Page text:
How often do we take the time to consider the words we use to communicate? What do they reveal about our own history, and cultural heritage? Can one dialectical nuance yield all our secrets? There is a little-known collection within the National Folklore Collection UCD that seeks to shed some light on these complex questions. … Continue reading What’s in a word?
UCD Library Cultural Heritage Collections blog has been long listed in the Blog Awards Ireland 2018. Yippee!!! With over 2,000 entries we were nominated in two categories; Best Arts & Culture Blog and Best Education & Science Blog. To read all the amazing blogs that were nominated in 29 hugely diverse categories click here. So … Continue reading We’ve been Nominated!!
Theobald Wolfe Tone Dillon was born in 1898 and was known as Theo. He was the second son of John Dillon (1851–1927), land agitator and nationalist politician, and grandson of James Blake Dillon (1816–66), founder of The Nation in 1842. His mother, Elizabeth Mathew, was a grand-niece of Fr Theobald Mathew of the temperance movement. … Continue reading For the Love of Letters
'The cabin generally of the most miserable description, the furniture corresponding. The bed, a small quantity of straw and an indifferent blanket; sheets none.’ Thus James Kirwan Esq. J.P. describes the housing, furnishings and bedding in the parish of Tuam, Co Galway in 1836 in answer to a questionnaire sent out by the Royal Commission … Continue reading The Poor Law Commission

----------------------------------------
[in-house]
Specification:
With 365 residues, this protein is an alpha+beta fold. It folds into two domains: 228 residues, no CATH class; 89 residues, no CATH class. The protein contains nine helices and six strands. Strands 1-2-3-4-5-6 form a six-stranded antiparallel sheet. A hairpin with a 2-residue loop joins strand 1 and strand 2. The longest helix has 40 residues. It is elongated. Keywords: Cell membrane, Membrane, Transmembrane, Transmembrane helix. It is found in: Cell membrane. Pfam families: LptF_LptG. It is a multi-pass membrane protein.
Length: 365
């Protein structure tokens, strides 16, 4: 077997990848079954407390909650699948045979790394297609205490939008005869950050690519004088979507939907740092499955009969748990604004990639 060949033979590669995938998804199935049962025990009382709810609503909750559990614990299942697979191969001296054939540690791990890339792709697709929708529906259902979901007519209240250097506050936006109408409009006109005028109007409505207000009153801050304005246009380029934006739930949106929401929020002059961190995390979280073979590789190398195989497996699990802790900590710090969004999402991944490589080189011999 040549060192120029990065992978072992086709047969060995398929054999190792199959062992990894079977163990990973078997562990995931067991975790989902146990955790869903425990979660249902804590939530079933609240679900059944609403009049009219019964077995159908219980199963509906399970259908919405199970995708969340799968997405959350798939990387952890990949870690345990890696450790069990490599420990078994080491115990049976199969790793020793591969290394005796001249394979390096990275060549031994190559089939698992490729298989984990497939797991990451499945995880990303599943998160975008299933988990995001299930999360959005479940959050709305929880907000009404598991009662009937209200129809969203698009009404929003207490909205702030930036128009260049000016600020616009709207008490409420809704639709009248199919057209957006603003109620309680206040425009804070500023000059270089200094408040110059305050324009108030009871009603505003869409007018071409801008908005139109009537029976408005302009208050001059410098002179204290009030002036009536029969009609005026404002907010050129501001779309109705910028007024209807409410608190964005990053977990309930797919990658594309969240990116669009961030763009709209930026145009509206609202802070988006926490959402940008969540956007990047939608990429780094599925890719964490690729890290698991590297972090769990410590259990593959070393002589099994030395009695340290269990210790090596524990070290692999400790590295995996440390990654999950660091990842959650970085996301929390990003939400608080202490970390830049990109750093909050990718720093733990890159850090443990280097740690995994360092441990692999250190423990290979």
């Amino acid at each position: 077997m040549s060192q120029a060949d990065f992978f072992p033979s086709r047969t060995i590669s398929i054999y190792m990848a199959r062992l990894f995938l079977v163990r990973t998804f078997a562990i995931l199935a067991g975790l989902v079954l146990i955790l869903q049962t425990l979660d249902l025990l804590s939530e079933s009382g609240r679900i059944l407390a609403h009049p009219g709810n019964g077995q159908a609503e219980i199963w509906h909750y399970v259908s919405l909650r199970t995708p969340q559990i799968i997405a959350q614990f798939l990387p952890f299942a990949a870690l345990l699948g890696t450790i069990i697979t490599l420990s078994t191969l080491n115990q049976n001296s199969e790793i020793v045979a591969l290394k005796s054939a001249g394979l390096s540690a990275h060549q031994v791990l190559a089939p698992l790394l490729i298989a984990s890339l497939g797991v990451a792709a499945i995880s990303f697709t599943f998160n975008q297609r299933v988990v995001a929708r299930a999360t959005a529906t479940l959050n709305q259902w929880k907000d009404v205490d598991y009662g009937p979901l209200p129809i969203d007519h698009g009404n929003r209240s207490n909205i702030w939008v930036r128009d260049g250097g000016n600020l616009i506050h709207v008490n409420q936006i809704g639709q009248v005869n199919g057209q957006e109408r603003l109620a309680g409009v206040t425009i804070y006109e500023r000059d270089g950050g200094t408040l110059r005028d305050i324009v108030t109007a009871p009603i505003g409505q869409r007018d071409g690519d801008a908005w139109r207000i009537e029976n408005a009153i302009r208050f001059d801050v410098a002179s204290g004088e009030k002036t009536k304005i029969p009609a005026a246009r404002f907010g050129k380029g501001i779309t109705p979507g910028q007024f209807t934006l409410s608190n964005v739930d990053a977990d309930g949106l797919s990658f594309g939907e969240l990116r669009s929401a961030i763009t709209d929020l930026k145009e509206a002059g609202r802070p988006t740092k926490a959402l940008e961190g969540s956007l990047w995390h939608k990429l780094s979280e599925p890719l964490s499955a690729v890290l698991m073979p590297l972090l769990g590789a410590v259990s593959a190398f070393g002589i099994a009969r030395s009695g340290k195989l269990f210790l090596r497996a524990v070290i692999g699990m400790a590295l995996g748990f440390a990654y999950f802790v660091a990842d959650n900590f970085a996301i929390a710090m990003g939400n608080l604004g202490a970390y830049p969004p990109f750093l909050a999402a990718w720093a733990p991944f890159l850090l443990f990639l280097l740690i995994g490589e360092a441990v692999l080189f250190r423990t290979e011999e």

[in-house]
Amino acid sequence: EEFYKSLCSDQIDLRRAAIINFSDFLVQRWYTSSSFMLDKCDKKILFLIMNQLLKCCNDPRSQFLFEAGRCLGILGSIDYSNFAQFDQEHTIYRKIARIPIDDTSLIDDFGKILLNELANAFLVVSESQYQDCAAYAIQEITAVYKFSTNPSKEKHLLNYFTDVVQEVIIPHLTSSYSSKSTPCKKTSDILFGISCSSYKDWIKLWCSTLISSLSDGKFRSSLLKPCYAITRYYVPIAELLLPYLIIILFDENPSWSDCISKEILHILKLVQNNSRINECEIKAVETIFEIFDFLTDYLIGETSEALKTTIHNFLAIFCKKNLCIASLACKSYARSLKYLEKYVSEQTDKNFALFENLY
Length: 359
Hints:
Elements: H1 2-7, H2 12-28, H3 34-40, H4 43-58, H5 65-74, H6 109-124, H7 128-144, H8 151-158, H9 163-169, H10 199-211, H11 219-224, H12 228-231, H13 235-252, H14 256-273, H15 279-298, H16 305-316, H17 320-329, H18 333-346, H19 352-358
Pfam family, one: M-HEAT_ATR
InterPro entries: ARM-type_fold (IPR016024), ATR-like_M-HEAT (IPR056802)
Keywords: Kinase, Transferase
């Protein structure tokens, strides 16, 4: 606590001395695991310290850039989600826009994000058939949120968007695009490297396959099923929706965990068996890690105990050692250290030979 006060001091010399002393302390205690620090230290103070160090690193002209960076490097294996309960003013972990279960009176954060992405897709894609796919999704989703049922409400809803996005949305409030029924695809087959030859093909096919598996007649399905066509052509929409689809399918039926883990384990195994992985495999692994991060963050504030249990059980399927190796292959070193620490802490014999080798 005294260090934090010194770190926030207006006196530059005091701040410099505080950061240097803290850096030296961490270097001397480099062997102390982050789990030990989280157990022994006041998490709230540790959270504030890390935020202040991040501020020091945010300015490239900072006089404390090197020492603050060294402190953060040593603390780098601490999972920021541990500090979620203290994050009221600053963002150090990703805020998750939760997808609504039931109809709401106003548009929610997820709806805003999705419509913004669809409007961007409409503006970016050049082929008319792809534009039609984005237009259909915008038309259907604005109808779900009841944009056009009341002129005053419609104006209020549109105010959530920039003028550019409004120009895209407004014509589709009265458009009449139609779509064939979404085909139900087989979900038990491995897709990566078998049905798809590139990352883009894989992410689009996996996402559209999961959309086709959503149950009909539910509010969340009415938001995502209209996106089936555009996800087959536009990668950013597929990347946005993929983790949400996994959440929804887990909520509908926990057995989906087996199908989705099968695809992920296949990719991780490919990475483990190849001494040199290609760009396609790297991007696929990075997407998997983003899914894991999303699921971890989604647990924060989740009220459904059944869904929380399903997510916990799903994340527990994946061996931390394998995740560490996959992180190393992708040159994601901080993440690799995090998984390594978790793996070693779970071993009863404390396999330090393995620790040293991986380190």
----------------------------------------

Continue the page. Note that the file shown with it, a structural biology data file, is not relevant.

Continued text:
It is often that we come across noteworthy cases and anecdotes of unknown origin here in the National Folklore Collection. They demonstrate the unique character of the collection as well as the extensive and often surprising work undertaken by it’s predecessors. If you wander into the Tierney building on the UCD campus, from the corner … Continue reading Ring My Bell!
What do these three areas of expertise have in common? Well, a gentleman called Sir Christopher John Nixon for starters. Christopher Nixon was born in Dublin on 29 June 1849. He was educated at Terenure College, where he was amongst the first fifty pupils enrolled after the school opened in 1860. He subsequently studied at … Continue reading Anatomist, Surgeon….Vet?
Irish Bogs contain an abundance of a particular type of moss known as sphagnum which has antiseptic and absorbent qualities. During WWI, this moss was gathered by female volunteers across the country and then sewn into cloth dressings which were sent to hospitals on the continent for the war wounded. UCD Special Collections holds the … Continue reading Sphagnum Moss to the Rescue